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Folk Classification of the Coconut Fruit

Stages of Growth and Name Changes of the Coconut

The classification and naming of things in a traditional society is called folk classification. In such a classification, dividing the environment based on the society’s inherent cultural values does not always match scientific classification. The various names of the shusseuo fish (fish that are called by different names as they grow larger), such as the yellowtail and mullet in Japanese, are a good example. There are few examples of this kind of naming of fruit trees. This is because fruits are generally only useful when they are ripe. People are less interested in unripe fruits. Nevertheless, in Tuvalu society, where coconuts are used in various forms, they are classified into six growth stages, as shown in the figure below.

niu (a generic term for coconut tree and fruit)
niu (fruit)
(ovary about the size of a ping-pong ball)
(small, endosperm-free fruit)
(young green drinkable fruit with jelly-like endosperm)
(fruit whose endosperm is about to harden)
(ripe fruit with thickened endosperm)
(germinated fruit)
niu (tree)
(germinated coconut)
(young and short coconut tree)
(young coconut tree with fruits)
(tall coconut tree that has grown)

Coconut Growth and Name Change

Coconut Growth and Name Change

The Tuvaluan name for coconut is finely categorized by its stage of growth because for people, there is cultural value at each stage. Falefou (2017) describes the relationship between Tuvaluans and coconuts in the following terms.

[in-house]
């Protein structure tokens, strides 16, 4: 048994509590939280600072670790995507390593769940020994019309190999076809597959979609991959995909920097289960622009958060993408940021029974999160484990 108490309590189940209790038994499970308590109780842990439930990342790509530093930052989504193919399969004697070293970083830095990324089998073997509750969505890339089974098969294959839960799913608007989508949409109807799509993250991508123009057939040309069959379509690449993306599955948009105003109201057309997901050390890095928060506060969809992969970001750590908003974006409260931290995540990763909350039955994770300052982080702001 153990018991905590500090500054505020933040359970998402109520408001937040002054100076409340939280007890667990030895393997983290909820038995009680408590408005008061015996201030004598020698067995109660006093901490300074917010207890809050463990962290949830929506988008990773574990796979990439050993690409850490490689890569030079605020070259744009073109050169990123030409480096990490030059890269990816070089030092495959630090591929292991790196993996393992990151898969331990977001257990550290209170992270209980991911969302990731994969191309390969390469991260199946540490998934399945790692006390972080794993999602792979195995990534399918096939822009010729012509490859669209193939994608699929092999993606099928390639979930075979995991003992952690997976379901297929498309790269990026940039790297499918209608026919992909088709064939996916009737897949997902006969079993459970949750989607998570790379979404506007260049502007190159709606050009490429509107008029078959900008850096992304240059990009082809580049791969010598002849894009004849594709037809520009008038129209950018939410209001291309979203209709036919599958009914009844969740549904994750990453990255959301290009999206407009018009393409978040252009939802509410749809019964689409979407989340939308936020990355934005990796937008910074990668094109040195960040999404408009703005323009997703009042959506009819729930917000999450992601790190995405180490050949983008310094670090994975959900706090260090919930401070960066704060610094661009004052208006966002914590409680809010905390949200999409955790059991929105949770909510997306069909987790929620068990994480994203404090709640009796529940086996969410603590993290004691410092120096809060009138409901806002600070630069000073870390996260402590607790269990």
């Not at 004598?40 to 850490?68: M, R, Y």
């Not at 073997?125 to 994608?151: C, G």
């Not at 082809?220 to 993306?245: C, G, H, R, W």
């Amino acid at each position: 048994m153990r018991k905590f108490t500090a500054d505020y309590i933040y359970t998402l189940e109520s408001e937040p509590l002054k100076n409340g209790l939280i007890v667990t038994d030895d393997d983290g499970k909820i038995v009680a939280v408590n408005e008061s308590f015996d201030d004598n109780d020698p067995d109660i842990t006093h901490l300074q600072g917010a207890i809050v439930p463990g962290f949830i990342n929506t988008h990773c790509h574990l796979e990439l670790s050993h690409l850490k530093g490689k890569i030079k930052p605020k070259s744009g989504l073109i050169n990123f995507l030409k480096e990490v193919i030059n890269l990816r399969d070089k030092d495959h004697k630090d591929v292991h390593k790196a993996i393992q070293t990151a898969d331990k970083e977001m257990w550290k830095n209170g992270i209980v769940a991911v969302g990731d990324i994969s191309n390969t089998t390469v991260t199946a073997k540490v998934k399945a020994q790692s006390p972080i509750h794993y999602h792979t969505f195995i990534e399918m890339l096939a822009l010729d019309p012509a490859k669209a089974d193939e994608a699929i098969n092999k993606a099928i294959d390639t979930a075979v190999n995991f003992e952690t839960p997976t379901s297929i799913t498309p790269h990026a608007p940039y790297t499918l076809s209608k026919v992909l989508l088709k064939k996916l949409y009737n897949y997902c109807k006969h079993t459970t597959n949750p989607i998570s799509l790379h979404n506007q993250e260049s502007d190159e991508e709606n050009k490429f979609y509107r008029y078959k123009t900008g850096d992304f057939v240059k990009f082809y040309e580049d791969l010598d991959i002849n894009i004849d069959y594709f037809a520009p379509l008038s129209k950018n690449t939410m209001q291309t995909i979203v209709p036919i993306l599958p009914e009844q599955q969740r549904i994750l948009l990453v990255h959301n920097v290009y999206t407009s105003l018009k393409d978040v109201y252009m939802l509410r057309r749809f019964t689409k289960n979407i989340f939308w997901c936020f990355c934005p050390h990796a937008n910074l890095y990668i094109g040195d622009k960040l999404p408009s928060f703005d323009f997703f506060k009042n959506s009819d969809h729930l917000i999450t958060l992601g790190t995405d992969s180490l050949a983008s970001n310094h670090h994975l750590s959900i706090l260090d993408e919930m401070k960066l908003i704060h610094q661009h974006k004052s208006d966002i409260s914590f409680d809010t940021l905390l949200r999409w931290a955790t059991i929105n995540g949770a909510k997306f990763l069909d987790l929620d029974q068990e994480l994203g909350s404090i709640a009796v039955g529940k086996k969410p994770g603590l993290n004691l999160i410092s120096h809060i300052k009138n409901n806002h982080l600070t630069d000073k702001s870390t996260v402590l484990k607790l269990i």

The traditional everyday life of Tuvaluan people has almost always been associated with the coconut in one way or another. Besides drinking and eating coconut foods and drinks, people’s daily lives would always have to do with something related to coconut. These include old men’s traditional daily routine of making local strings known as kolokolo (sennit) out of coconut fiber; old women’s day-to-day work of weaving cookhouse mats (pakau or kapau), baskets and fans from coconut leaves; able-bodied men’s morning and evening chores of cutting toddy and collecting coconut fruits; young women’s involvement with preparing food from coconuts every day; and boys’ and girls’ work of collecting coconut firewood and sweeping the house using brooms made from coconut are but some of the ways in which the coconut has been part and parcel of the lives and livelihoods of Tuvaluans. As a result of such way of life, the coconut has become a strong nexus between the people and their land. Had it not been for the coconut, the people would have not been so closely connected to their land (Falefou 2017: 166–167).

The table below indicates which parts of the coconut are used for various purposes at each growth stage.

Stage of growth Fluid Endosperm Endocarp Mesocarp Exocarp Whole fruit
a Ointment and children’s toys
b Drinkable Herb
c Drinkable Eating, cooking, livestock feed Food and drink container Twisting into string and rope Kiln enclosure
d Drinkable Livestock feed Food and drink container
e Eating, extracting for cooking, livestock feed, extracting the oil for use in cooking or applying it to the hair and body Food and drink container, marks for games Fuel Fuel, container cork Swimming float
f Edible Eating, extracting the oil for cooking or applying it to the hair and body Container Fuel Fuel

In Tuvaluan, the name used for the coconut changes depending on its stage of growth and its use. The following three names are especially common in everyday life.

Green and immature coconut. The fluid is sweet and drinkable. The jelly-like endosperm (agati) is eaten as is or is used for cooking. The fibers of the mesocarp are twisted into rope and string.
Brown ripe coconut. This is used in many ways: the thick, hardened endosperm is cut or scraped. The shaved endosperm is squeezed to extract the milk, which is used in various dishes. The pomace is used as food for livestock. Coconut milk is heated to extract the oil, which can be used for cooking or applying to the hair and body. The endocarp is used for containers and fuel.
Germinated coconut. The embryonic emulsion is spongy. The sponge-like part is eaten as is or is used for cooking. The endosperm on the inside of the endocarp is eaten or applied as oil to the hair and body. The pericarp is used as fuel.
A Dictionary of the Tuvaluan Language & Culture